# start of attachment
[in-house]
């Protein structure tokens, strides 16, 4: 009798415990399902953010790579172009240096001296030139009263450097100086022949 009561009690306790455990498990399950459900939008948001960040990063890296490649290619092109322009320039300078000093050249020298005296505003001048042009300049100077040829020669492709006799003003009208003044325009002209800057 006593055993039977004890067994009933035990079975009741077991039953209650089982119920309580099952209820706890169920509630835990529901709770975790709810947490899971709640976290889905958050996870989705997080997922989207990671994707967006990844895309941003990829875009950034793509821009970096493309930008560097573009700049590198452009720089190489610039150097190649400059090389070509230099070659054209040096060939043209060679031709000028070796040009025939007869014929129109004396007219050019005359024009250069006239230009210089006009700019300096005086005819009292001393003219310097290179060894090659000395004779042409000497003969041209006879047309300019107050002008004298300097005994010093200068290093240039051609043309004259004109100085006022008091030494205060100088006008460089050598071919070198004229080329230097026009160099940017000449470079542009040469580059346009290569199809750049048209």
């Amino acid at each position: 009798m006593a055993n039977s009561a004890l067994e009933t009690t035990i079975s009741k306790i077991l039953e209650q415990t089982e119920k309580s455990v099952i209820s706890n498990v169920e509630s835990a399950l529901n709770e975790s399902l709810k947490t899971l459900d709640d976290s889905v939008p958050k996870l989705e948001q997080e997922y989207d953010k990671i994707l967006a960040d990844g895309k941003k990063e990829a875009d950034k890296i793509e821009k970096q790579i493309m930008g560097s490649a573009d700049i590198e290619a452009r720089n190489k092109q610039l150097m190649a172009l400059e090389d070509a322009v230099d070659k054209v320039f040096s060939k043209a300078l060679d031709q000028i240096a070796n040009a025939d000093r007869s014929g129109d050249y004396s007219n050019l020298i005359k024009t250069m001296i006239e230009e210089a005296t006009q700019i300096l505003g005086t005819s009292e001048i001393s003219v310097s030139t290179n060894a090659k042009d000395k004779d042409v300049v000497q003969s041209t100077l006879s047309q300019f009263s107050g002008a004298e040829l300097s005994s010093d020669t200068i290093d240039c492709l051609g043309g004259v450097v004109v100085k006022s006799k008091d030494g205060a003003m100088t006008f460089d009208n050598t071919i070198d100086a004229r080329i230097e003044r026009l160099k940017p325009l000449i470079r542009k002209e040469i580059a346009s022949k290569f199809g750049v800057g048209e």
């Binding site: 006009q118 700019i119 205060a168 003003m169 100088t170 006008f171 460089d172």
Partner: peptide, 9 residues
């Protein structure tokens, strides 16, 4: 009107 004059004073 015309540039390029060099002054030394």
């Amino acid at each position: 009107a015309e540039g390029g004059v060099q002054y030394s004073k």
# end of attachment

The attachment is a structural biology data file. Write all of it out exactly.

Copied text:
[in-house]
């Protein structure tokens, strides 16, 4: 009798415990399902953010790579172009240096001296030139009263450097100086022949 009561009690306790455990498990399950459900939008948001960040990063890296490649290619092109322009320039300078000093050249020298005296505003001048042009300049100077040829020669492709006799003003009208003044325009002209800057 006593055993039977004890067994009933035990079975009741077991039953209650089982119920309580099952209820706890169920509630835990529901709770975790709810947490899971709640976290889905958050996870989705997080997922989207990671994707967006990844895309941003990829875009950034793509821009970096493309930008560097573009700049590198452009720089190489610039150097190649400059090389070509230099070659054209040096060939043209060679031709000028070796040009025939007869014929129109004396007219050019005359024009250069006239230009210089006009700019300096005086005819009292001393003219310097290179060894090659000395004779042409000497003969041209006879047309300019107050002008004298300097005994010093200068290093240039051609043309004259004109100085006022008091030494205060100088006008460089050598071919070198004229080329230097026009160099940017000449470079542009040469580059346009290569199809750049048209």
């Amino acid at each position: 009798m006593a055993n039977s009561a004890l067994e009933t009690t035990i079975s009741k306790i077991l039953e209650q415990t089982e119920k309580s455990v099952i209820s706890n498990v169920e509630s835990a399950l529901n709770e975790s399902l709810k947490t899971l459900d709640d976290s889905v939008p958050k996870l989705e948001q997080e997922y989207d953010k990671i994707l967006a960040d990844g895309k941003k990063e990829a875009d950034k890296i793509e821009k970096q790579i493309m930008g560097s490649a573009d700049i590198e290619a452009r720089n190489k092109q610039l150097m190649a172009l400059e090389d070509a322009v230099d070659k054209v320039f040096s060939k043209a300078l060679d031709q000028i240096a070796n040009a025939d000093r007869s014929g129109d050249y004396s007219n050019l020298i005359k024009t250069m001296i006239e230009e210089a005296t006009q700019i300096l505003g005086t005819s009292e001048i001393s003219v310097s030139t290179n060894a090659k042009d000395k004779d042409v300049v000497q003969s041209t100077l006879s047309q300019f009263s107050g002008a004298e040829l300097s005994s010093d020669t200068i290093d240039c492709l051609g043309g004259v450097v004109v100085k006022s006799k008091d030494g205060a003003m100088t006008f460089d009208n050598t071919i070198d100086a004229r080329i230097e003044r026009l160099k940017p325009l000449i470079r542009k002209e040469i580059a346009s022949k290569f199809g750049v800057g048209e």
């Binding site: 006009q118 700019i119 205060a168 003003m169 100088t170 006008f171 460089d172």
Partner: peptide, 9 residues
């Protein structure tokens, strides 16, 4: 009107 004059004073 015309540039390029060099002054030394």
């Amino acid at each position: 009107a015309e540039g390029g004059v060099q002054y030394s004073k």